Well Managed Trees

Healthy, well-managed carterii trees. Note the small number of taps on each tree in the images.

Well-managed trees are part of a healthy ecosystem in the Cal Madow, Gollis Mountains.



Poorly Managed Trees

These are variety of examples of trees that are in decline due to over-tapping, over-harvesting and a variety of environmental factors. Each of these trees shows their stress in a number of different ways. See the images for more details.



Dead Trees

These trees to the left have been killed as a result of over harvesting and tapping done to them. 



Growth Forms

Many Boswellia carterii trees grow in a conical canopy pattern.Other Boswellia trees form an umbrella canopy. These are the two distinct ways in which Boswellia Carterii Trees grow.



Dry vs. Wet Ecosystems

Both carterii and frereana trees grow in dry areas, typically lower in elevation and/or west of the Cal Madow escarpment. Carterii trees prefer wetter ecosystems, higher in elevation on the main escarpment with high levels of rainfall and fog. Frereana trees do not grow in this ecosystem.



Carterii vs. Frereana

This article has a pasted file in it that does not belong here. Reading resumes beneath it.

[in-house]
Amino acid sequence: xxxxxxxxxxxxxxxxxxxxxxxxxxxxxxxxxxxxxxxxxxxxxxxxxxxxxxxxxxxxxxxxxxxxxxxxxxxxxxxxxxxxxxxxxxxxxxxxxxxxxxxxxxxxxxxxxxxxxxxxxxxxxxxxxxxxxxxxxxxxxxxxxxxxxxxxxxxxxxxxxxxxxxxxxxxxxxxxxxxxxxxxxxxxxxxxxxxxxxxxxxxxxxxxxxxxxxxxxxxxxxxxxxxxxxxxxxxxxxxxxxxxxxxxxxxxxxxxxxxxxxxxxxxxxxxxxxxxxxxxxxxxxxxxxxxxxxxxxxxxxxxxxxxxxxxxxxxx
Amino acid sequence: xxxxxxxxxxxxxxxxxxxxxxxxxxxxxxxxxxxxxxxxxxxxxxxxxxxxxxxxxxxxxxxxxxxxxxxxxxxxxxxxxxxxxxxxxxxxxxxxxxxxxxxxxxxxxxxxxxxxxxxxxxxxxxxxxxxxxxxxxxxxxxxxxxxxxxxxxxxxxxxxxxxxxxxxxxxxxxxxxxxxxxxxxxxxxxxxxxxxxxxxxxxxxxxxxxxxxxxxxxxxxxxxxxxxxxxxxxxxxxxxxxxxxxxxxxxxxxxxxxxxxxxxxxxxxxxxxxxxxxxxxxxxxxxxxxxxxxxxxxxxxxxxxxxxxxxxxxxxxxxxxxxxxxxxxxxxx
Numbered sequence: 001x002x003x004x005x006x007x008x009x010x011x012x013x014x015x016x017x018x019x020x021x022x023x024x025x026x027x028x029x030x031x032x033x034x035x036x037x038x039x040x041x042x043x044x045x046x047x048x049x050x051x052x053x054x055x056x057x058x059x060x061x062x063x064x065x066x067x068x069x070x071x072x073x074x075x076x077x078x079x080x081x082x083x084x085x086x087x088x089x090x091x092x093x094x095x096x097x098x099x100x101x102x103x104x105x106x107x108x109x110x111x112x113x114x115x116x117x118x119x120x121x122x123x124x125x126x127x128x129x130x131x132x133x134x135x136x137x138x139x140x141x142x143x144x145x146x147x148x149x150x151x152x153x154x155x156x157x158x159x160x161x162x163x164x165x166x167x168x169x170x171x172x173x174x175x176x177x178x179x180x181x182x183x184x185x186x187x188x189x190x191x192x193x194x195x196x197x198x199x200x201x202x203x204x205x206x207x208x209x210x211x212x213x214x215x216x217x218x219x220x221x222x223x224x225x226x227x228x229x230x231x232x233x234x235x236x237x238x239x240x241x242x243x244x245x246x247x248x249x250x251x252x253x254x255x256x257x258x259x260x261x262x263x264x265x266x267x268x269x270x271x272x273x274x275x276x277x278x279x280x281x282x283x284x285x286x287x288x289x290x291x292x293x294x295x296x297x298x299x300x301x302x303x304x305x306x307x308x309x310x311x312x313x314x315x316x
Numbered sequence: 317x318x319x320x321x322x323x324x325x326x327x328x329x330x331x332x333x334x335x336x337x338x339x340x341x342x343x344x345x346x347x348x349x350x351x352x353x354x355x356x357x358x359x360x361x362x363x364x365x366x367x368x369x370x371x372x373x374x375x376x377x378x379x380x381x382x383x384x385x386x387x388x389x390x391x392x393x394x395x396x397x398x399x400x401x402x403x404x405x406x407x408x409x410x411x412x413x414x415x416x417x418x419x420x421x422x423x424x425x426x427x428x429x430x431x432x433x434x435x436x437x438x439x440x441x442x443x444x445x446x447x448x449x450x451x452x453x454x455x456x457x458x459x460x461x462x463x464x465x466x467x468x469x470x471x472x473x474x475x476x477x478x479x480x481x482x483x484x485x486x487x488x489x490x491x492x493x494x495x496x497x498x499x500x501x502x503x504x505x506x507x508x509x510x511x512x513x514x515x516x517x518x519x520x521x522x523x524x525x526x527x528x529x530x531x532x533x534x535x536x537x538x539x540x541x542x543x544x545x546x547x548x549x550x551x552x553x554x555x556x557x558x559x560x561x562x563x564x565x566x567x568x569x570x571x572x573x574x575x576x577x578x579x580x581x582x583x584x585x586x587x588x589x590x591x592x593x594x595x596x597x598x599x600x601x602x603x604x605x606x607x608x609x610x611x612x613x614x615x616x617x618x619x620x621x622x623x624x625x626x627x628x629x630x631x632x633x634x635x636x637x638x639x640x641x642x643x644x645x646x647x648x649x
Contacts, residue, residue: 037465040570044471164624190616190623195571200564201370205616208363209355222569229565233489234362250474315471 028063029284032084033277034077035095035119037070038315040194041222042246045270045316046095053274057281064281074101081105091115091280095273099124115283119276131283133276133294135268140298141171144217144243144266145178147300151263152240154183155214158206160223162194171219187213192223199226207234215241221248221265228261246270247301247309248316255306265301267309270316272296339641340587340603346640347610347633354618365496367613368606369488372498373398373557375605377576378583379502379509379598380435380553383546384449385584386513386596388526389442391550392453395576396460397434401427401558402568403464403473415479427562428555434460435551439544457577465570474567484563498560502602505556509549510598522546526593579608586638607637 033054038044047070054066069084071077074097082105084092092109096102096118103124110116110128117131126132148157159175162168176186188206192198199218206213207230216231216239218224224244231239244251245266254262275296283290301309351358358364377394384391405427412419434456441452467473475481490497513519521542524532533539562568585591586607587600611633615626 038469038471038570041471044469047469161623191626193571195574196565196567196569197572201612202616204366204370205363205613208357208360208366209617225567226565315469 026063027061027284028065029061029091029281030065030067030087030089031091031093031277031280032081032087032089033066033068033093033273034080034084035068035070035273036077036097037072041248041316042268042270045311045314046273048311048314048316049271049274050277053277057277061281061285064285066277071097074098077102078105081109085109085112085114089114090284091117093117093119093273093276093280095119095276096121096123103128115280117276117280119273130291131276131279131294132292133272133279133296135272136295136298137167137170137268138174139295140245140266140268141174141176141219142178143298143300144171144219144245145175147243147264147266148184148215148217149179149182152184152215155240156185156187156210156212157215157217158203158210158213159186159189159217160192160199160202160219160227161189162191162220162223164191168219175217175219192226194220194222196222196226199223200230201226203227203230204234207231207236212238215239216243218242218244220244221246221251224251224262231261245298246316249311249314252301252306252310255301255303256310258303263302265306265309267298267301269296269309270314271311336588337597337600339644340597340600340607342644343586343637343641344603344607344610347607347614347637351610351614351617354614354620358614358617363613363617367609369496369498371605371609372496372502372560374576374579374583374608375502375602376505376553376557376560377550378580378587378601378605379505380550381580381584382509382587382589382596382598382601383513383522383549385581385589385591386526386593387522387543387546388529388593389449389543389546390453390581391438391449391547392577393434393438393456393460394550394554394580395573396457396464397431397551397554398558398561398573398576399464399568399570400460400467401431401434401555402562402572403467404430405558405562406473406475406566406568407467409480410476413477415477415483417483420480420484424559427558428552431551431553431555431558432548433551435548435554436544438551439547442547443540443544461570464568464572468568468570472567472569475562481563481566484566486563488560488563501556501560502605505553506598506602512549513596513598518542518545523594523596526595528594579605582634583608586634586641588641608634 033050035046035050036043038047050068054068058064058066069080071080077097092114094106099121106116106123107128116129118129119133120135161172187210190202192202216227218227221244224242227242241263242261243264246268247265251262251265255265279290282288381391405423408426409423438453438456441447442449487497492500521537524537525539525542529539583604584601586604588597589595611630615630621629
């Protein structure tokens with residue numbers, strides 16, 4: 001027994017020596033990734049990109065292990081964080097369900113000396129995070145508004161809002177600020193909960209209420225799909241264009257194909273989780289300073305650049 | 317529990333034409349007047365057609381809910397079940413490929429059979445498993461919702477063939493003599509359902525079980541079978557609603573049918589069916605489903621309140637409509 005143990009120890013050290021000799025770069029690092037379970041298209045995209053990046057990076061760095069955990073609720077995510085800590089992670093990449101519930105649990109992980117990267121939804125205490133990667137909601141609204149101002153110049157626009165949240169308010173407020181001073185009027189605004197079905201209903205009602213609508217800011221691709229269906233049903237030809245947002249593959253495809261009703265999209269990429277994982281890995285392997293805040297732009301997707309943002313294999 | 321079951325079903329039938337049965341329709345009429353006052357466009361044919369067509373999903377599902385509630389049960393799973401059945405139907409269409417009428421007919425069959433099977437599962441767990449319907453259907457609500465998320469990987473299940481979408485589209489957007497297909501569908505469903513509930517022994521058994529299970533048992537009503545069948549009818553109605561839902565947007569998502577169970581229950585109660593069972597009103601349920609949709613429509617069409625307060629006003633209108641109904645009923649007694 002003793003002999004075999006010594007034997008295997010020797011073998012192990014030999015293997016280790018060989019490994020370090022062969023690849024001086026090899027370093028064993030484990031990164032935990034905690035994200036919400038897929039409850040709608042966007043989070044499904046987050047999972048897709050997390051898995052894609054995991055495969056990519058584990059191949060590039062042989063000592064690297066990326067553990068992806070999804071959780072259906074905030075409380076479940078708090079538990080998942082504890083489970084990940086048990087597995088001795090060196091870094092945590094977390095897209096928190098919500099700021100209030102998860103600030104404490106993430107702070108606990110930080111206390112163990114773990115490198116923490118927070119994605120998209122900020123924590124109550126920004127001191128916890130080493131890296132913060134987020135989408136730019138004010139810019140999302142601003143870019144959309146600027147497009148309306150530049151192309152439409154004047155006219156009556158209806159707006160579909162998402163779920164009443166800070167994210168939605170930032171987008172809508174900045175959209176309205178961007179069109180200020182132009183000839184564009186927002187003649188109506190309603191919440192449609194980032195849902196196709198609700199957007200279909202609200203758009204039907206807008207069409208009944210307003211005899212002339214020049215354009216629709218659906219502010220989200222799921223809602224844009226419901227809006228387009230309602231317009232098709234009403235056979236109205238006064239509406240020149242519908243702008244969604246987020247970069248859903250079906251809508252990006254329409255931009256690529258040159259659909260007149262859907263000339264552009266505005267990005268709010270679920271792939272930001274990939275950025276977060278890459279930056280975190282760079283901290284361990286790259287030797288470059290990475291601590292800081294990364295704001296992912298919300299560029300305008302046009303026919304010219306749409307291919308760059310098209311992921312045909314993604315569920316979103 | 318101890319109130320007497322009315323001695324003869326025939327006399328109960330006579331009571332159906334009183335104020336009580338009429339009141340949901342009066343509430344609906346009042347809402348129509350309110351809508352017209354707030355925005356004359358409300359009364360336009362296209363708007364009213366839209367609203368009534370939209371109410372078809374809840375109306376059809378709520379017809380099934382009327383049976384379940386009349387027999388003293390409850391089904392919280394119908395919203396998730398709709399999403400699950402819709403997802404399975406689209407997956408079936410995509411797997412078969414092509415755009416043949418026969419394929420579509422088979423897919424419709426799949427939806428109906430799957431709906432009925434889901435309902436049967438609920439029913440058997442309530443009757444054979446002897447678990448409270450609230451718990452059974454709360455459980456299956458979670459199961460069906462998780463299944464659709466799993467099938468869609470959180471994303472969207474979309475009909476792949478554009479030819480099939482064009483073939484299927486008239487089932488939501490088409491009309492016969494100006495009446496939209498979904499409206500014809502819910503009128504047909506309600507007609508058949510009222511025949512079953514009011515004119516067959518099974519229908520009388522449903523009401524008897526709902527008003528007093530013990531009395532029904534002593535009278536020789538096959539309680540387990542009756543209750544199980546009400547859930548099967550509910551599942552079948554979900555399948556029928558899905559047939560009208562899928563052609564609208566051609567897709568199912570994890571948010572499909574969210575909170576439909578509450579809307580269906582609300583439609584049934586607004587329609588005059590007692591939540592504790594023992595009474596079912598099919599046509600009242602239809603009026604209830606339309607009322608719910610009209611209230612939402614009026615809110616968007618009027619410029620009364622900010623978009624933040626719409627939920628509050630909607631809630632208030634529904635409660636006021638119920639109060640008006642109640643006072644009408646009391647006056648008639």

Boswellia carterii trees differ from Boswellia frereana trees in a number of ways. Frereana trees have leaves that undulate and are lighter green than carterii trees. Frereana almost always have multiple trunks and grow in a vertical cone. Frereana trees grow between 5-500m in elevation, whereas carterii trees prefer the 500-1400 band and need more water than carterii trees.

Frereana leaves are lighter green and show characteristic curls. PC: Monterey Bay Spice company. Carterii leaves are darker green and do not curl.




Small pieces of bark are often removed when the resin is harvested. Too much bark is damaging to the tree and indicates poor harvesting practices.

Resin comes in many different colors and shapes. Some tears are milky, while some are clear. Resins may be yellow, white, or red.

Resins from the damaging winter harvest tend to be extremely sticky and clump together. The resin is lower quality than the summer harvest.

Resin from the summer harvest, by contrast, is much less sticky and tends to come in small pieces. This resin is high quality.



Collaborative Process

Working with local landowners, harvesters, and community leaders is critical to this project. Creating sustainable systems means combining scientific approaches with traditional ecological knowledge for the benefit of the trees and all the people who depend on them.

Government organizations like the Ministry of Environment are also important for the sustainability of the frankincense industry. We have been working closely with the Minister together with the Chiefs and Elders of the Sanaag region.